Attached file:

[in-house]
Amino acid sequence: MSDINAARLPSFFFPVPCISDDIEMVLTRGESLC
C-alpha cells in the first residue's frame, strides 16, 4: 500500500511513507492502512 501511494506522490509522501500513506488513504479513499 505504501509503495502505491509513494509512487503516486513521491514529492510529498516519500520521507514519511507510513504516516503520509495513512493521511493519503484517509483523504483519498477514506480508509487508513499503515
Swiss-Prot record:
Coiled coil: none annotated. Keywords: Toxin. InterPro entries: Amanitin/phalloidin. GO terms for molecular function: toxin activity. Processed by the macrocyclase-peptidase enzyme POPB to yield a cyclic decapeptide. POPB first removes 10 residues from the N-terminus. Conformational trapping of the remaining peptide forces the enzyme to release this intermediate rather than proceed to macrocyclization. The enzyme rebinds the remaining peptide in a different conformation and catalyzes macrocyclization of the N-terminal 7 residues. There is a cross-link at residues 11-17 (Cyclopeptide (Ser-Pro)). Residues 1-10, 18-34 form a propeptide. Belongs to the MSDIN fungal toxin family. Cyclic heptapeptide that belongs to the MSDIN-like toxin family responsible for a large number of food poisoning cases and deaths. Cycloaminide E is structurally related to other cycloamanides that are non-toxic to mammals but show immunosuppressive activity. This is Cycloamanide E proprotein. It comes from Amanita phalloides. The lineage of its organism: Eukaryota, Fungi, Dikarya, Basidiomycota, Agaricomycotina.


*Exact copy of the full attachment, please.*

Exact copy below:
[in-house]
Amino acid sequence: MSDINAARLPSFFFPVPCISDDIEMVLTRGESLC
C-alpha cells in the first residue's frame, strides 16, 4: 500500500511513507492502512 501511494506522490509522501500513506488513504479513499 505504501509503495502505491509513494509512487503516486513521491514529492510529498516519500520521507514519511507510513504516516503520509495513512493521511493519503484517509483523504483519498477514506480508509487508513499503515
Swiss-Prot record:
Coiled coil: none annotated. Keywords: Toxin. InterPro entries: Amanitin/phalloidin. GO terms for molecular function: toxin activity. Processed by the macrocyclase-peptidase enzyme POPB to yield a cyclic decapeptide. POPB first removes 10 residues from the N-terminus. Conformational trapping of the remaining peptide forces the enzyme to release this intermediate rather than proceed to macrocyclization. The enzyme rebinds the remaining peptide in a different conformation and catalyzes macrocyclization of the N-terminal 7 residues. There is a cross-link at residues 11-17 (Cyclopeptide (Ser-Pro)). Residues 1-10, 18-34 form a propeptide. Belongs to the MSDIN fungal toxin family. Cyclic heptapeptide that belongs to the MSDIN-like toxin family responsible for a large number of food poisoning cases and deaths. Cycloaminide E is structurally related to other cycloamanides that are non-toxic to mammals but show immunosuppressive activity. This is Cycloamanide E proprotein. It comes from Amanita phalloides. The lineage of its organism: Eukaryota, Fungi, Dikarya, Basidiomycota, Agaricomycotina.